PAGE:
Wael, a young Sudanese man who works as a day laborer, resorted to the Legal Aid Unit at the Arab Renaissance for Democracy and Development (ARDD), after previously believing that he did not enjoy legal protection and could not file a complaint against three people for causing him physical harm that resulted from beating due to disputes between them.
That belief dissipated for Wael (pseudonym), and for the first time in his life -as he affirmed- he felt the power of law and justice between members of the same society without discrimination, after communicating with the legal unit at ARDD, which provided him with the necessary legal advice for his case and pleaded on his behalf in the East Amman Court.
After long court sessions, these people were convicted of petty harm and were sentenced to financial compensation, and thus the result of the sentence was “one month imprisonment for each person with payment of financial compensation to Wael”, in accordance with Article 333 of the Jordanian Penal Code, which stipulates that: “Anyone who intentionally beats, injures, or harms a person by any effective act of violence and assault resulting in illness or suspension from work for a period of more than twenty days shall be punished by imprisonment from three months to three years.”
While Article 334/1 of the same law stipulates: “If the acts set forth in the preceding article do not result in any illness or suspension from work, or result in illness or disability, but its duration does not exceed twenty days, the offender shall be punished by imprisonment for a period not exceeding one year or a fine not exceeding one hundred dinars, or by both of these penalties.”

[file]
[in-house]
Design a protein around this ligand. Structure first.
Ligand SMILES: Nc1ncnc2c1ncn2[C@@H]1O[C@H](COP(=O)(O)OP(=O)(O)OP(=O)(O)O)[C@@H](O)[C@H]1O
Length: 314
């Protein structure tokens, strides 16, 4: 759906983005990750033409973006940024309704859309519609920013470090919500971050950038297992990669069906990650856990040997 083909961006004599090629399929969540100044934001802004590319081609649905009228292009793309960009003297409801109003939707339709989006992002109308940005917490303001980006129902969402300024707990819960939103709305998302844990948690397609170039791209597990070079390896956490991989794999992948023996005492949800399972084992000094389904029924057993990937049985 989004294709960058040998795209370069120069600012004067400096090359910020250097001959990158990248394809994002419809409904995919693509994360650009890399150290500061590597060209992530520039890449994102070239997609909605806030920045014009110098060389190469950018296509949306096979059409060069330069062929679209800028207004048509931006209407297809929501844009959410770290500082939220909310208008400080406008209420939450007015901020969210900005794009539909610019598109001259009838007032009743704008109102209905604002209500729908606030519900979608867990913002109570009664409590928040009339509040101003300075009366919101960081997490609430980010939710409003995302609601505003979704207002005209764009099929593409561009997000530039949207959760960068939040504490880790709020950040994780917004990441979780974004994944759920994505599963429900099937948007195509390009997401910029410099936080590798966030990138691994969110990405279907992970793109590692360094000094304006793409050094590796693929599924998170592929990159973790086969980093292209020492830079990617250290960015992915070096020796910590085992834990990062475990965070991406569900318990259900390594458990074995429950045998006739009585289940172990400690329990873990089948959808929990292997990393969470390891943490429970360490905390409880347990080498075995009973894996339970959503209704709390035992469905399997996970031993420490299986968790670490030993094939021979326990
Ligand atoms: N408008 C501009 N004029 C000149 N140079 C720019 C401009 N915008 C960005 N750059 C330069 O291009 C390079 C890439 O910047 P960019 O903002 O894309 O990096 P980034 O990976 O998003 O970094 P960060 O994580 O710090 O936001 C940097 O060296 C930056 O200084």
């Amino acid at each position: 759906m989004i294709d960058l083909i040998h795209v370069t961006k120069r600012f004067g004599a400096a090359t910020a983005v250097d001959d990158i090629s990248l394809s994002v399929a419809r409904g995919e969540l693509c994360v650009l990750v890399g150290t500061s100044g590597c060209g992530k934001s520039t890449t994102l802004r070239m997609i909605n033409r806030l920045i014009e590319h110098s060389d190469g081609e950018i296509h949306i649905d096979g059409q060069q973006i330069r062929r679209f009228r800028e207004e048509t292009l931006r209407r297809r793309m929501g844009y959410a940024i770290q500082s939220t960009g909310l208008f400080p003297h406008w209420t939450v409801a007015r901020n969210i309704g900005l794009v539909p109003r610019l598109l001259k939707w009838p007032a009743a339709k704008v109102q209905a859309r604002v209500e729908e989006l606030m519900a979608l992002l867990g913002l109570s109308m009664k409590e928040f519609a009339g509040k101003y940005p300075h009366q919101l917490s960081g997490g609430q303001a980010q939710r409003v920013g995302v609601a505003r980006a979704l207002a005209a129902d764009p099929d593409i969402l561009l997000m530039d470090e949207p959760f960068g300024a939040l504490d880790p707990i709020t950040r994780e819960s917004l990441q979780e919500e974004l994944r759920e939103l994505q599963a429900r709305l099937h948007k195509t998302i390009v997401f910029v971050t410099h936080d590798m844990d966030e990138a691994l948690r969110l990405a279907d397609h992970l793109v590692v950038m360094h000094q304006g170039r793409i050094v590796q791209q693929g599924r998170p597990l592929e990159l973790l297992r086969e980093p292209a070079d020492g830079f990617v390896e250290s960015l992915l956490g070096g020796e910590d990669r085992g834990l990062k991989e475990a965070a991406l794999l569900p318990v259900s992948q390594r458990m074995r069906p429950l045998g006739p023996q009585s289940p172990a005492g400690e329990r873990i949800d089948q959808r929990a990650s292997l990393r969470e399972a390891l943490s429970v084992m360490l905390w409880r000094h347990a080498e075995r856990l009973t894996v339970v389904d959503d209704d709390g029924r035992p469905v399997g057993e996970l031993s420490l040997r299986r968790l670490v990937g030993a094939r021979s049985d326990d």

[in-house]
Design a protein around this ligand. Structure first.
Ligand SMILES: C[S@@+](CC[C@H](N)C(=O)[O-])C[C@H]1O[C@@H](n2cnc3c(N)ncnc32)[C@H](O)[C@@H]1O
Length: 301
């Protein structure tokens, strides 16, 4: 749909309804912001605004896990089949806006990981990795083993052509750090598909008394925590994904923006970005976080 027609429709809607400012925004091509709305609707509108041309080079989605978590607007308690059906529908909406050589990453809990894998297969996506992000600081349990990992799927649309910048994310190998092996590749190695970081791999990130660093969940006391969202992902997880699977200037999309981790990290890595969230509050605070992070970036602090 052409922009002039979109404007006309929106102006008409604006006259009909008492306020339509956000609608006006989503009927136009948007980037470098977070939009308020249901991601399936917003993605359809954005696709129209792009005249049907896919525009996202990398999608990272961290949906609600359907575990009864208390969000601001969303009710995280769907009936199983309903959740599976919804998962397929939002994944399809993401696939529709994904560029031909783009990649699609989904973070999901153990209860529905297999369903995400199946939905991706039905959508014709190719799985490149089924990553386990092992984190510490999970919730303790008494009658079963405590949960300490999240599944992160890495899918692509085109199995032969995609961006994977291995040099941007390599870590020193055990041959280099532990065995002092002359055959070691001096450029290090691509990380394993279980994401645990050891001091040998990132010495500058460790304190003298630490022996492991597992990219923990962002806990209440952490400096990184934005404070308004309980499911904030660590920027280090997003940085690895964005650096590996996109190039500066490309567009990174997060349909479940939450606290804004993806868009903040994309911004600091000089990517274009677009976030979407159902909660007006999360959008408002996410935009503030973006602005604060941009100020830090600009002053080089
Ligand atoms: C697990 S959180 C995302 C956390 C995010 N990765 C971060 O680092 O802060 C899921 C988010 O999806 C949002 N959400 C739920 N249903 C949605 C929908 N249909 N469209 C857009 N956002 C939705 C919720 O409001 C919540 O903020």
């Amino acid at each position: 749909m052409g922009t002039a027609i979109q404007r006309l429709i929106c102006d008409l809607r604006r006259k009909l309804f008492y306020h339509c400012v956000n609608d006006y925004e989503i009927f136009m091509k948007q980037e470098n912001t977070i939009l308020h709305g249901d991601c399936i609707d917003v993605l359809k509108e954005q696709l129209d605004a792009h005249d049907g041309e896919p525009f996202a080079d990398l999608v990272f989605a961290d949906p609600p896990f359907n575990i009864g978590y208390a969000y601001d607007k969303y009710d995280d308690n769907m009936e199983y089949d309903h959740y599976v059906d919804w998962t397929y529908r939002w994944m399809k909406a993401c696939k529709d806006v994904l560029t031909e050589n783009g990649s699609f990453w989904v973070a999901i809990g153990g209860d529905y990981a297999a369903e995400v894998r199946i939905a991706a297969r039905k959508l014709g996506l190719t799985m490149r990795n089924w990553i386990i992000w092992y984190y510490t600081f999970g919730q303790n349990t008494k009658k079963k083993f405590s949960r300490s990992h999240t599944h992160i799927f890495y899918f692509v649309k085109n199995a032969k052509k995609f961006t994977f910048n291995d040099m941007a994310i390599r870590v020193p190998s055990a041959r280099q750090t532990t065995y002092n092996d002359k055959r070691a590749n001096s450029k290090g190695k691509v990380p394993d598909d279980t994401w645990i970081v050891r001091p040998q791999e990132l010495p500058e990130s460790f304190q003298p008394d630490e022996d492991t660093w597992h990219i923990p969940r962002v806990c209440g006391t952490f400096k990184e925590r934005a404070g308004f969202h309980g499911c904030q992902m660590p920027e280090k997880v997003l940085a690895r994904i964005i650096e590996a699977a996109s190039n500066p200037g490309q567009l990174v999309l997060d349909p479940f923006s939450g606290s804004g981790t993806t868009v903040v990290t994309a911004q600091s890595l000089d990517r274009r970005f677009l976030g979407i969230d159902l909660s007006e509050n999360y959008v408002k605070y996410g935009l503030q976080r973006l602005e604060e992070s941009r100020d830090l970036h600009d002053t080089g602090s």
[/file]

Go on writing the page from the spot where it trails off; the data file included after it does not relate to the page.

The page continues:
This is the story of Wael, who lives in one of the districts of the capital, Amman, which implies two issues: violence and fear of the absence of legal protection, but thanks to legal justice and the force of law, he was done justice and was able to obtain his full rights.
In general, condemning violence is not enough, but we must take clear, purposeful, and compatible measures to eliminate or reduce this disturbing phenomenon, by paying attention to building institutions, data, and legal facts that prevent violence at all levels, in addition to working to instill a culture of forgiveness and tolerance as a main component of the process of socialization through schools, universities, and the media, as an alternative to the culture of violence, extremism, and exclusion.
These stories are part of the activities of the project “Investing in the Future: Improving the Livelihoods and Education of Minority Refugee Groups within Society in Jordan”, launched by ARDD in partnership with Vision Hope International, and with financial support from the German Federal Ministry for Economic Cooperation and Development, in a step aimed at protecting and assisting Sudanese, Yemeni, and Somali refugees, as well as Jordanians in the most affected host communities, and raising their capacity, confidence, and knowledge by resorting to the competent authorities in case they face legal problems.